If you watch E!’s “Keeping Up With the Kardashians,” you probably tuned in during season six to watch as Kim Kardashian and fiancé Kris Humphries planned a lavish, multi-million dollar wedding in front of the cameras. The much-anticipated ceremony—and the final moments leading up to it—was aired during a two-hour special that garnered global attention.
But just 72 days after saying “I do,” Kardashian filed for divorce.
The reality star made her first public statement a couple days later when she tweeted: “I got caught up with the hoopla and the filming of the TV show when I probably should have ended my relationship. I didn’t know how to and didn’t want to disappoint a lot of people.”
If you watch the show or read the headlines, it’s probably no surprise that the reality star got caught up in the moment—the public emphasis of her entire relationship was centered on her 20.5 karat engagement ring and not one, but three wedding gowns.
The fact of the matter is that we are all capable of getting more caught up in the wedding than the actual marriage it represents.
When attention is shifted from the marriage—the sacred bond two people make when they want to commit their lives to one another—and placed on trivialities like the color of the napkins at the reception or the flavor the groom’s cake, people begin to lose sight of the reasons they are getting married in the first place.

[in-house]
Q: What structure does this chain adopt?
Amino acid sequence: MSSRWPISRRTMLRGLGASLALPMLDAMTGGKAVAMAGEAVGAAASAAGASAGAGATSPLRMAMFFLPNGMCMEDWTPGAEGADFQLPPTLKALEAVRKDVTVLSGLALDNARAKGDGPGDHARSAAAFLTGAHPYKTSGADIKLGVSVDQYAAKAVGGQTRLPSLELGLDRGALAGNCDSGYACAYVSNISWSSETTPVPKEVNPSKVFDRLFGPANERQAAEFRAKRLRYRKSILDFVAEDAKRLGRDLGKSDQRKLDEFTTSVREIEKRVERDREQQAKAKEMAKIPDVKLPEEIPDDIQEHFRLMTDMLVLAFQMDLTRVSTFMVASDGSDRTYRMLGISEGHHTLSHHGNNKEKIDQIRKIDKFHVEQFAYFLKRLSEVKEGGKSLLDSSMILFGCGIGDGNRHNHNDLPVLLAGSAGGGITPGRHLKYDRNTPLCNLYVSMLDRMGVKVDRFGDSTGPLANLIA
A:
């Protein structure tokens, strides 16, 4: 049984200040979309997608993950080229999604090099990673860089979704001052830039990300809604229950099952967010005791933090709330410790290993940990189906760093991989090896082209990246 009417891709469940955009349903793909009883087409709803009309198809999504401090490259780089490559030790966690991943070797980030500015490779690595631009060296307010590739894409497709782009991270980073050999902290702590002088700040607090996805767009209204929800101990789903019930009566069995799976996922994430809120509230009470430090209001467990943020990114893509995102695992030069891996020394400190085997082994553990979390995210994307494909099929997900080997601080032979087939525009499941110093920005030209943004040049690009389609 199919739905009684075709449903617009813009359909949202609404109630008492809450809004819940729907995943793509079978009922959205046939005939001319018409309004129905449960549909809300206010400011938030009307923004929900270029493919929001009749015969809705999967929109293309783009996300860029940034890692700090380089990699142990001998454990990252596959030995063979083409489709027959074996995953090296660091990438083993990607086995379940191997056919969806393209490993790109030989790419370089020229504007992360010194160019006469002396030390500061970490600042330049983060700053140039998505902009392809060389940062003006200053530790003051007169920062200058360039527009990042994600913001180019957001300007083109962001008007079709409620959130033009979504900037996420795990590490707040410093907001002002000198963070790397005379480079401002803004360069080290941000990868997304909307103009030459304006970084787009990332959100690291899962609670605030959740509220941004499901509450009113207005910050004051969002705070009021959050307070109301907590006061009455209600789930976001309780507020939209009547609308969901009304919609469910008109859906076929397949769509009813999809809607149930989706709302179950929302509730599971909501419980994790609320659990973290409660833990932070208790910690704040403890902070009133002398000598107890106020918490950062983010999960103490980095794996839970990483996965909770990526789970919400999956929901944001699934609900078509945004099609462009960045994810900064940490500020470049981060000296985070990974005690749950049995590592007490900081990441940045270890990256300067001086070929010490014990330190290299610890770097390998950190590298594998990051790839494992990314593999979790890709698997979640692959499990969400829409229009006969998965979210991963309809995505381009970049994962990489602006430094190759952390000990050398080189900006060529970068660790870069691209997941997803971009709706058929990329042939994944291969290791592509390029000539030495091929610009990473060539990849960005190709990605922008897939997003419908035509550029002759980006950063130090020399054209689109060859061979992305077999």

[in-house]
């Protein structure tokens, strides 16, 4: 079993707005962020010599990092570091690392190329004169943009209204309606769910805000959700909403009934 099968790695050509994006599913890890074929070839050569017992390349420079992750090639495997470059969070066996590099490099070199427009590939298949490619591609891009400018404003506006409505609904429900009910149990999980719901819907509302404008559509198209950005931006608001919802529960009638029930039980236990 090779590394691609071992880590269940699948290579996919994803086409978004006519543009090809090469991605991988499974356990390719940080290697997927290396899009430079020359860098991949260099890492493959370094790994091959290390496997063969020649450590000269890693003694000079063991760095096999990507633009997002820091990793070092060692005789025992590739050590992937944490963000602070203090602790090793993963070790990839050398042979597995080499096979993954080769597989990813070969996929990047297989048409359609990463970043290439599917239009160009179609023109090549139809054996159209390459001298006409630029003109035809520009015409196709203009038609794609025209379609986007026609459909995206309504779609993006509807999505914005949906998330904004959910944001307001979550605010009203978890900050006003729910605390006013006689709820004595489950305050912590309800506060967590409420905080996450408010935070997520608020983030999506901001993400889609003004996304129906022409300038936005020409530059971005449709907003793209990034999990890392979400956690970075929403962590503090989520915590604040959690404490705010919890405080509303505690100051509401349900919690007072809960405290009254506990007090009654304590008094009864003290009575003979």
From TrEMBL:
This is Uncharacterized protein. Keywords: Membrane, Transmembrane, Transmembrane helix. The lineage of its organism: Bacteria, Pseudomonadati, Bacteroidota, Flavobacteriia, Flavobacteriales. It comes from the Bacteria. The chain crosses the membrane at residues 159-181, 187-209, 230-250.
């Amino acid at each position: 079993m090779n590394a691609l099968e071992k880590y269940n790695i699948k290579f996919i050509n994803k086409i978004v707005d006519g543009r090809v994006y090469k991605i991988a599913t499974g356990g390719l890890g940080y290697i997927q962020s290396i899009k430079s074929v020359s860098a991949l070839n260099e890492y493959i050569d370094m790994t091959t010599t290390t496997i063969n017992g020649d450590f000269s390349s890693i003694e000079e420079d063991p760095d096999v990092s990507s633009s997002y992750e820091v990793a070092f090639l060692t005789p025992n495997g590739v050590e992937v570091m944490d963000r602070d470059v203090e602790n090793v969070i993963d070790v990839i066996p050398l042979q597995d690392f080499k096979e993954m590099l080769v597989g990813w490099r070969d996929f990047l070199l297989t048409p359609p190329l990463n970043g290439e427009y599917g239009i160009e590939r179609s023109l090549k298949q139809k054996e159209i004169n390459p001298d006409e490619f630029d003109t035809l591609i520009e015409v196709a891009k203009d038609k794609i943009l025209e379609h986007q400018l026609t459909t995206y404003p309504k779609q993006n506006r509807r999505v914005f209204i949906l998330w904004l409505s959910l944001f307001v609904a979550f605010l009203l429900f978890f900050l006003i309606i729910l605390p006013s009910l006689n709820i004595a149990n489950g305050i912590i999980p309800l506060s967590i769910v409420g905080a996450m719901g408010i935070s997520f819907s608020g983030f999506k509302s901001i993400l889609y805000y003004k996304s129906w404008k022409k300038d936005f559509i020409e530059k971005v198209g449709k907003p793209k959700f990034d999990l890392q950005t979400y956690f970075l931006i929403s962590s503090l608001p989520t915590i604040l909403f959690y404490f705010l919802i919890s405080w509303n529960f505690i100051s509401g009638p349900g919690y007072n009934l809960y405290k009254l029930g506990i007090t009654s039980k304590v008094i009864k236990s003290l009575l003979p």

Perhaps that’s why nearly half of all first marriages end in divorce. Weddings are a beautiful symbol of marriage, but that’s it—a symbol. The flowers, the cake, the dress, the venue—it all means nothing if the marriage it represents isn’t rooted in shared values and beliefs.
No amount of planning or money spent on Kardashian’s “fairytale” wedding could have saved her marriage because it wasn’t built on fundamental principles to begin with.
The media portrays weddings as the pinnacle of a marriage (how many chick flicks end with a wedding?), and marriage as something built on appearances, common interests and attraction. It’s easy to get distracted by these unrealistic superficialities, but don’t be fooled.
Marriage readiness—which will build a bond to last much longer than 72 days—requires maturity, generosity and self-awareness, not a lavish wedding dictated by national publicity. It’s something marriage-minded singles can work toward, and it’s the kind of mindset that will create a real “happily ever after.”